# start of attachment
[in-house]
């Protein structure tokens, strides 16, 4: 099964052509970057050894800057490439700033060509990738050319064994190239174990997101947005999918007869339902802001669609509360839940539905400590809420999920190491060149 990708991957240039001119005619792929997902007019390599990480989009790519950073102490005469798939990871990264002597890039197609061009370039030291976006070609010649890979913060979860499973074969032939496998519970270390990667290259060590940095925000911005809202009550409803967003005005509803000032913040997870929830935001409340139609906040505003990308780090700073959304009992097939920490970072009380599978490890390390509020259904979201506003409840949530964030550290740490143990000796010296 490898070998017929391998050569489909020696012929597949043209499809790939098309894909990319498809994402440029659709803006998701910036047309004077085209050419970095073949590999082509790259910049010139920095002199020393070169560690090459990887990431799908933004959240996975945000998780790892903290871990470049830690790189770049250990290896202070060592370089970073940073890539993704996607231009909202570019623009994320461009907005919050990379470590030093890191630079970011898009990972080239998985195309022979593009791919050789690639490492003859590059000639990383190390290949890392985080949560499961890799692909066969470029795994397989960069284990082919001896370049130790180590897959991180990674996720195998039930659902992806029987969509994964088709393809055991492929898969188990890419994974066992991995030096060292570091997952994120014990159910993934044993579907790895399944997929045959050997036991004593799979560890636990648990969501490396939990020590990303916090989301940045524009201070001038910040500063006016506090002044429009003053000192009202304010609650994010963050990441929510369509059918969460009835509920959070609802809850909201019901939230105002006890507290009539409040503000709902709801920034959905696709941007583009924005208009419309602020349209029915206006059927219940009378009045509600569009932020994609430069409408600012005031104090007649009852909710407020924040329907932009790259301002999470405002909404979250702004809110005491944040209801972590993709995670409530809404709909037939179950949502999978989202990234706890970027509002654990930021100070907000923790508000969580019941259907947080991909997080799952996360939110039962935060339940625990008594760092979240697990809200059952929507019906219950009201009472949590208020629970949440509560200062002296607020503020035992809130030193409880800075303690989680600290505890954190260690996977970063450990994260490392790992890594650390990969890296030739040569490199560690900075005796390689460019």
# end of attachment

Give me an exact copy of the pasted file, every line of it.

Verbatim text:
[in-house]
């Protein structure tokens, strides 16, 4: 099964052509970057050894800057490439700033060509990738050319064994190239174990997101947005999918007869339902802001669609509360839940539905400590809420999920190491060149 990708991957240039001119005619792929997902007019390599990480989009790519950073102490005469798939990871990264002597890039197609061009370039030291976006070609010649890979913060979860499973074969032939496998519970270390990667290259060590940095925000911005809202009550409803967003005005509803000032913040997870929830935001409340139609906040505003990308780090700073959304009992097939920490970072009380599978490890390390509020259904979201506003409840949530964030550290740490143990000796010296 490898070998017929391998050569489909020696012929597949043209499809790939098309894909990319498809994402440029659709803006998701910036047309004077085209050419970095073949590999082509790259910049010139920095002199020393070169560690090459990887990431799908933004959240996975945000998780790892903290871990470049830690790189770049250990290896202070060592370089970073940073890539993704996607231009909202570019623009994320461009907005919050990379470590030093890191630079970011898009990972080239998985195309022979593009791919050789690639490492003859590059000639990383190390290949890392985080949560499961890799692909066969470029795994397989960069284990082919001896370049130790180590897959991180990674996720195998039930659902992806029987969509994964088709393809055991492929898969188990890419994974066992991995030096060292570091997952994120014990159910993934044993579907790895399944997929045959050997036991004593799979560890636990648990969501490396939990020590990303916090989301940045524009201070001038910040500063006016506090002044429009003053000192009202304010609650994010963050990441929510369509059918969460009835509920959070609802809850909201019901939230105002006890507290009539409040503000709902709801920034959905696709941007583009924005208009419309602020349209029915206006059927219940009378009045509600569009932020994609430069409408600012005031104090007649009852909710407020924040329907932009790259301002999470405002909404979250702004809110005491944040209801972590993709995670409530809404709909037939179950949502999978989202990234706890970027509002654990930021100070907000923790508000969580019941259907947080991909997080799952996360939110039962935060339940625990008594760092979240697990809200059952929507019906219950009201009472949590208020629970949440509560200062002296607020503020035992809130030193409880800075303690989680600290505890954190260690996977970063450990994260490392790992890594650390990969890296030739040569490199560690900075005796390689460019």